50th anniversary of March on Washington changed much, hopes to change more

One of the hopeful faces from the March on Washington 50 years ago today

One of the hopeful faces from the March on Washington 50 years ago today

Fifty years ago today, something momentous took place in Washington, D.C. When Dr. Martin Luther King Jr. took to the podium at the historic March on Washington to deliver his famed “I Have a Dream” speech, the tapestry of the United States was set to be forever changed. Little did he realize that all these years later, his words would echo with as much resonance as they did that day.

What an amazing premise was the entire concept of the march. A peaceful, non-confrontational way to express the disappointment of a marginalized race of people, the walk drew participants from every walk of life. Rich or poor, young or old, even white or black, it didn’t matter; the mission was the same…equality. And 50 years later, Dr. King’s words still hang in the ears of those who still struggle for equality.

“We hold these truths to be self-evident that all men are created equal.”

In 1963, those words did indeed ring true; with some caveats. Even though for the first time in history blacks were to be viewed as equal to their white brethren, many didn’t see it that way. To many, to be black was to still be inferior. And sadly, this is still in the mind of many in this country today. But much of what the March on Washington stood for is outside of race. The poverty level for blacks in that time was huge, and no opportunities were available. Before the march, there was no hope of this statistic changing. So while race was the impetus behind the march, what it really stood for was having the opportunity to have a chance…a chance at a better quality of life.

“We cannot be satisfied as long as the Negro in Mississippi and the Negro in New You believes he has nothing to vote for.”

Affirmative action, anti-discrimination laws, and greater opportunities for education have all helped blacks in the U.S. to achieve that chance at a better life. Blacks have been offered greater opportunities in business, in their communities, in politics. Adopting the moniker African Americans, we have chosen to pick up the gauntlet that Dr. King threw down that day in 1963. Many of us have run with it, some have stumbled and fallen. But with the resiliency of a people long presumed to be destined for failure, we press on…and will continue to do so.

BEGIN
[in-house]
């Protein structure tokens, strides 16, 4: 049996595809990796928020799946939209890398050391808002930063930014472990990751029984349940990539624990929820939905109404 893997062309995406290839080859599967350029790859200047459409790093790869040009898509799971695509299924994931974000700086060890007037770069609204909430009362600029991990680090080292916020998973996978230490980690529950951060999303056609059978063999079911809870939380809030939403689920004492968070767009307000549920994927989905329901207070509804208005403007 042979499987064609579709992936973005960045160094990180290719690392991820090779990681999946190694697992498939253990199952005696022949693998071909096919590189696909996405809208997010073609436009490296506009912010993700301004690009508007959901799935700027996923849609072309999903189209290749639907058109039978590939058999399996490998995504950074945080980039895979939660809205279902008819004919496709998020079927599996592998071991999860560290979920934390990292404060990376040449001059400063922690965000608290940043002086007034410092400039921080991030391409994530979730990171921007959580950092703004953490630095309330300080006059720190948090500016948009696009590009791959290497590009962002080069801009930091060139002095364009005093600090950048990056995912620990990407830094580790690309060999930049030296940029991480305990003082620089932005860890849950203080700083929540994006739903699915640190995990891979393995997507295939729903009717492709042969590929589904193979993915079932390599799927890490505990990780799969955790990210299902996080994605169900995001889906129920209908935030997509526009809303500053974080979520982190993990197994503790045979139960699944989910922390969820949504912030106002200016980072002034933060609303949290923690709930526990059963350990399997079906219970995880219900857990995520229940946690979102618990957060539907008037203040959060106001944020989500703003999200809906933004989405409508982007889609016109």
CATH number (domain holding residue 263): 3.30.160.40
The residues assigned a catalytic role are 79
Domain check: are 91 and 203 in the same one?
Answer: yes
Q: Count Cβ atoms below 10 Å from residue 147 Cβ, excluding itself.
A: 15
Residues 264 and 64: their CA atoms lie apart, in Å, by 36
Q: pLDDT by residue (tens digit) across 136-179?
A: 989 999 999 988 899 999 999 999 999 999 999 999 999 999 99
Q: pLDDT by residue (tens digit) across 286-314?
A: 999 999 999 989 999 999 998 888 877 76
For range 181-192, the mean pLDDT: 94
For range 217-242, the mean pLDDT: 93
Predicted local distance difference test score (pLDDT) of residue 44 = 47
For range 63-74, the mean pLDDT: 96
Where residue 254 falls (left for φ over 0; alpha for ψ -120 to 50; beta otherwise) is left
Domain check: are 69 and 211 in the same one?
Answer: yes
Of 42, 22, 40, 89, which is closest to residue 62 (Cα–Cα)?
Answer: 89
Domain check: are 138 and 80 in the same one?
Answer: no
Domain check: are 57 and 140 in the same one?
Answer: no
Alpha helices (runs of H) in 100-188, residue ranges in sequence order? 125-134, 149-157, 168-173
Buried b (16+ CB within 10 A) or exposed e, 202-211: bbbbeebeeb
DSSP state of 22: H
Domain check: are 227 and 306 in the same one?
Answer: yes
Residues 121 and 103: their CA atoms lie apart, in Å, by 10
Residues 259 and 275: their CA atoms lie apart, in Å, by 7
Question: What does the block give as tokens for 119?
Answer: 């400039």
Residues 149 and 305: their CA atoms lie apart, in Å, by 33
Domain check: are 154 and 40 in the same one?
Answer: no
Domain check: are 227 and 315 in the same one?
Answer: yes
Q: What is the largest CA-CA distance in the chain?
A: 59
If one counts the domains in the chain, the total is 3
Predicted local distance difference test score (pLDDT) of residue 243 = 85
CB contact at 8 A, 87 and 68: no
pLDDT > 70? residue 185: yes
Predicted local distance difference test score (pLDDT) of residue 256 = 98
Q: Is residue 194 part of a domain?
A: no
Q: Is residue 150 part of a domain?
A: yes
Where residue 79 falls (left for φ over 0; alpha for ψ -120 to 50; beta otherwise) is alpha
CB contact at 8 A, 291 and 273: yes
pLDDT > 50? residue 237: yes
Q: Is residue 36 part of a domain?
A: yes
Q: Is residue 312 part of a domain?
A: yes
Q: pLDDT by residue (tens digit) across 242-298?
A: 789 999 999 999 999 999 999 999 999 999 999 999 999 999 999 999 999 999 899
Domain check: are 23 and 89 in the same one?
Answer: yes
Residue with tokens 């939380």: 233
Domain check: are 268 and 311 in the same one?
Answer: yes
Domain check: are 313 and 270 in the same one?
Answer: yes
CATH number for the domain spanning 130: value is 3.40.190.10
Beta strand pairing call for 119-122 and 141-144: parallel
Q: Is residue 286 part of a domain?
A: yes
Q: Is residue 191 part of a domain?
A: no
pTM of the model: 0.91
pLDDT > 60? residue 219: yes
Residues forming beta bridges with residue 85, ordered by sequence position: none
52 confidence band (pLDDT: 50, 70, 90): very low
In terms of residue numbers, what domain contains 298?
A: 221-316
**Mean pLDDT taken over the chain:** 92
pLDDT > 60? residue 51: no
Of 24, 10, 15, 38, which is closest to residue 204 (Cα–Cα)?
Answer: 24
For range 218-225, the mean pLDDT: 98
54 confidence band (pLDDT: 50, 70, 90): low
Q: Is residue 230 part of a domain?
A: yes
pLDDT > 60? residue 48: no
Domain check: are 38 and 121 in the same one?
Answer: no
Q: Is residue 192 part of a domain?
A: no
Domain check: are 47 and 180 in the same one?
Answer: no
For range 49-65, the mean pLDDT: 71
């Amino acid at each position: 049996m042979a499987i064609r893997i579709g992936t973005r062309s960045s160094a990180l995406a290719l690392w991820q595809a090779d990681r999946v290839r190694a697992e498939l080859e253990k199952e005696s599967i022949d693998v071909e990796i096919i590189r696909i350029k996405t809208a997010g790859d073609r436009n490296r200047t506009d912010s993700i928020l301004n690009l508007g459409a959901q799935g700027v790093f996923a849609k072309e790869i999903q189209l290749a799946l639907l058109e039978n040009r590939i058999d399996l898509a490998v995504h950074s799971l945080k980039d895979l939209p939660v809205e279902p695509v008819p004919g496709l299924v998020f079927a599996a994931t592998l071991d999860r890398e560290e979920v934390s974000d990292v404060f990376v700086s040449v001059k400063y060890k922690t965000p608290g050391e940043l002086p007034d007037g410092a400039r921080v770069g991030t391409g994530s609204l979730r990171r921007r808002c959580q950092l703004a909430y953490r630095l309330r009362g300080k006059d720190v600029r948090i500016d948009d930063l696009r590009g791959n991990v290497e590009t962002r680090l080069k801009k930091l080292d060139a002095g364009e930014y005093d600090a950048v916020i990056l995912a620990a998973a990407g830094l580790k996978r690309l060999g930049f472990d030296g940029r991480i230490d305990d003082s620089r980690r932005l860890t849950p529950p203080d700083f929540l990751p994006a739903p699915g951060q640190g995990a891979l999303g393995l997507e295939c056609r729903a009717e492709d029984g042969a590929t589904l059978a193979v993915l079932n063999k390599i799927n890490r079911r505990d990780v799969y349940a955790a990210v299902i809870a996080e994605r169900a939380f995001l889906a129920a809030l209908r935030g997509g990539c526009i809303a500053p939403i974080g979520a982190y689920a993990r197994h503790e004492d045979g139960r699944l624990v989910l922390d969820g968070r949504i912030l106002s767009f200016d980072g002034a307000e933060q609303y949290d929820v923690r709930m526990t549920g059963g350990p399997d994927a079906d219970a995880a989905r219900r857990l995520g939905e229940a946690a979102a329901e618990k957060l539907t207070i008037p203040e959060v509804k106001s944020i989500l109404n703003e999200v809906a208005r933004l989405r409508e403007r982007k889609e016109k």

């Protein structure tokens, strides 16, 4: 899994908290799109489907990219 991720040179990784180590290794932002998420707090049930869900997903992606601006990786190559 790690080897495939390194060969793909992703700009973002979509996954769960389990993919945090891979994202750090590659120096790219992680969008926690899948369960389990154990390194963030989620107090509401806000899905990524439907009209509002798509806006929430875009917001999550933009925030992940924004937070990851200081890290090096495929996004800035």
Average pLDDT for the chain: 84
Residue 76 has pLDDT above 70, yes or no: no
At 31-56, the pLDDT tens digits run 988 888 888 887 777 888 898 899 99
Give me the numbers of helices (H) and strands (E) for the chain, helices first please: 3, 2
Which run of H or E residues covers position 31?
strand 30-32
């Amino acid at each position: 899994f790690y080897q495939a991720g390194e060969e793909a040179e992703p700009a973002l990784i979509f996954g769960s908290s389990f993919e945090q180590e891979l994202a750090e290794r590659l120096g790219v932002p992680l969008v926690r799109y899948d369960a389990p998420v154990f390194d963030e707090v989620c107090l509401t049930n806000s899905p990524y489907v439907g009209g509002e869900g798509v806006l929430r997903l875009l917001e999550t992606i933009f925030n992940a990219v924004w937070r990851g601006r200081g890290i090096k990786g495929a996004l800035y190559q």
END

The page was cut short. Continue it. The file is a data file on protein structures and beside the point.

“We ain’t where we could be, we ain’t where we should be, but thank God we ain’t where we was.”

Fast forward 50 years, and today the struggle for equality has shifted. As African Americans, our pursuit of a better quality of life has been improved…but there is still ground to cover. And now, we need to take those lessons taught to us by Dr. King, and share them with those facing the marginalization and discrimination that many before us endured. And it is also important to pay homage to those who lost their lives in the pursuit.

“Free at last, Free at last, Great God a-mighty, we are free at last.”

Much thanks…to Dr. King, and to all those who had the courage to stand up to their beliefs. We all owe each and every one a debt of thanks.

Commentary on what today’s SCOTUS rulings mean to me

Same sex marriageI must admit, I never thought marriage was in the cards for me. Aside from the fact that same-sex marriage isn’t legal in my state, I chalked it up to consistently making poor choices in the relationship department. But the U.S. Supreme Court rulings today on DOMA (Defense of Marriage Act) and California’s Proposition 8 has made me rethink that. Not for myself, but for all of those who want not just the legal benefits of marriage, but the recognition as well.

I was at a party a few weeks ago for a friend’s birthday. Laughter and fun prevailed all afternoon. In attendance were two other friends, a gay male couple, who were speaking about their upcoming civil union ceremony. A young lady in attendance didn’t have a full understanding of what it all meant, and asked the question.

“Imagine if you will that you and your boyfriend are married,” my friend began, “and God forbid he dies. There is no question of you inheriting his estate without any legal or taxable issues, right”

She nodded in agreement.

“Now, imaging the same scenario for the two of us. Suppose I die, and want to leave my entire estate to my partner. Even though we are joined in a civil union, my death and his inheritance becomes a huge taxable occurrence for him. Does that seem fair?”

The young lady looked at him with a new sense of understanding…and compassion.

“Not at all,” she replied.

I am paraphrasing the actual story a bit, but this is the gist of the content. Did I mention that the gay couple in question has been together for 34 years? I would say that in this instance, that is quite a significant part of the story.